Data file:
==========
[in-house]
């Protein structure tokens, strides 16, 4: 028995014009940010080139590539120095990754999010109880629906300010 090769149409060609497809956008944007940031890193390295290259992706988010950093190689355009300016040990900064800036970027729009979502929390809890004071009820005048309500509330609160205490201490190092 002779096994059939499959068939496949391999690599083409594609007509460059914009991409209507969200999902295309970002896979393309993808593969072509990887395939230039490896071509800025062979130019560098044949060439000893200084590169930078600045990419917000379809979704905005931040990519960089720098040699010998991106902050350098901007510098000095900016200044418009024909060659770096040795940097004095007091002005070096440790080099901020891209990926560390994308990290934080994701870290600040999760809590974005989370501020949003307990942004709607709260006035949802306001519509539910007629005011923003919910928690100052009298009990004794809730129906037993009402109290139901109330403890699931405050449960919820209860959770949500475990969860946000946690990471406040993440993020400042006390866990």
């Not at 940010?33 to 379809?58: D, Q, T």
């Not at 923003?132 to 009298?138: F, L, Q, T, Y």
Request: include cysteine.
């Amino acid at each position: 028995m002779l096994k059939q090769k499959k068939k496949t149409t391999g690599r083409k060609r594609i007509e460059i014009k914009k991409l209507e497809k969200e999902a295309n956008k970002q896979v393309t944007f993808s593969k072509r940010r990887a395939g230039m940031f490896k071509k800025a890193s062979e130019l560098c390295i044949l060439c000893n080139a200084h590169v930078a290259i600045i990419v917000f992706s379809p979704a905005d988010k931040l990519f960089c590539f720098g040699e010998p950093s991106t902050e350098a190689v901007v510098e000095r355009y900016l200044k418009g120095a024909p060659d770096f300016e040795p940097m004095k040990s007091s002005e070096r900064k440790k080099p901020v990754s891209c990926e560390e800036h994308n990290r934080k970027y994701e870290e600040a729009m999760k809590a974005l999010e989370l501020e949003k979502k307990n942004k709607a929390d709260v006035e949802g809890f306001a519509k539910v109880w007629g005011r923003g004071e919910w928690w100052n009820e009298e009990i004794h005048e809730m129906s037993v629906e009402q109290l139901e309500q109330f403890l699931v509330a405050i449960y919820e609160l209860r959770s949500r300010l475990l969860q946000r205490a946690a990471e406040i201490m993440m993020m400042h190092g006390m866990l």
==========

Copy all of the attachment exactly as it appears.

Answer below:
[in-house]
């Protein structure tokens, strides 16, 4: 028995014009940010080139590539120095990754999010109880629906300010 090769149409060609497809956008944007940031890193390295290259992706988010950093190689355009300016040990900064800036970027729009979502929390809890004071009820005048309500509330609160205490201490190092 002779096994059939499959068939496949391999690599083409594609007509460059914009991409209507969200999902295309970002896979393309993808593969072509990887395939230039490896071509800025062979130019560098044949060439000893200084590169930078600045990419917000379809979704905005931040990519960089720098040699010998991106902050350098901007510098000095900016200044418009024909060659770096040795940097004095007091002005070096440790080099901020891209990926560390994308990290934080994701870290600040999760809590974005989370501020949003307990942004709607709260006035949802306001519509539910007629005011923003919910928690100052009298009990004794809730129906037993009402109290139901109330403890699931405050449960919820209860959770949500475990969860946000946690990471406040993440993020400042006390866990």
């Not at 940010?33 to 379809?58: D, Q, T």
């Not at 923003?132 to 009298?138: F, L, Q, T, Y």
Request: include cysteine.
């Amino acid at each position: 028995m002779l096994k059939q090769k499959k068939k496949t149409t391999g690599r083409k060609r594609i007509e460059i014009k914009k991409l209507e497809k969200e999902a295309n956008k970002q896979v393309t944007f993808s593969k072509r940010r990887a395939g230039m940031f490896k071509k800025a890193s062979e130019l560098c390295i044949l060439c000893n080139a200084h590169v930078a290259i600045i990419v917000f992706s379809p979704a905005d988010k931040l990519f960089c590539f720098g040699e010998p950093s991106t902050e350098a190689v901007v510098e000095r355009y900016l200044k418009g120095a024909p060659d770096f300016e040795p940097m004095k040990s007091s002005e070096r900064k440790k080099p901020v990754s891209c990926e560390e800036h994308n990290r934080k970027y994701e870290e600040a729009m999760k809590a974005l999010e989370l501020e949003k979502k307990n942004k709607a929390d709260v006035e949802g809890f306001a519509k539910v109880w007629g005011r923003g004071e919910w928690w100052n009820e009298e009990i004794h005048e809730m129906s037993v629906e009402q109290l139901e309500q109330f403890l699931v509330a405050i449960y919820e609160l209860r959770s949500r300010l475990l969860q946000r205490a946690a990471e406040i201490m993440m993020m400042h190092g006390m866990l």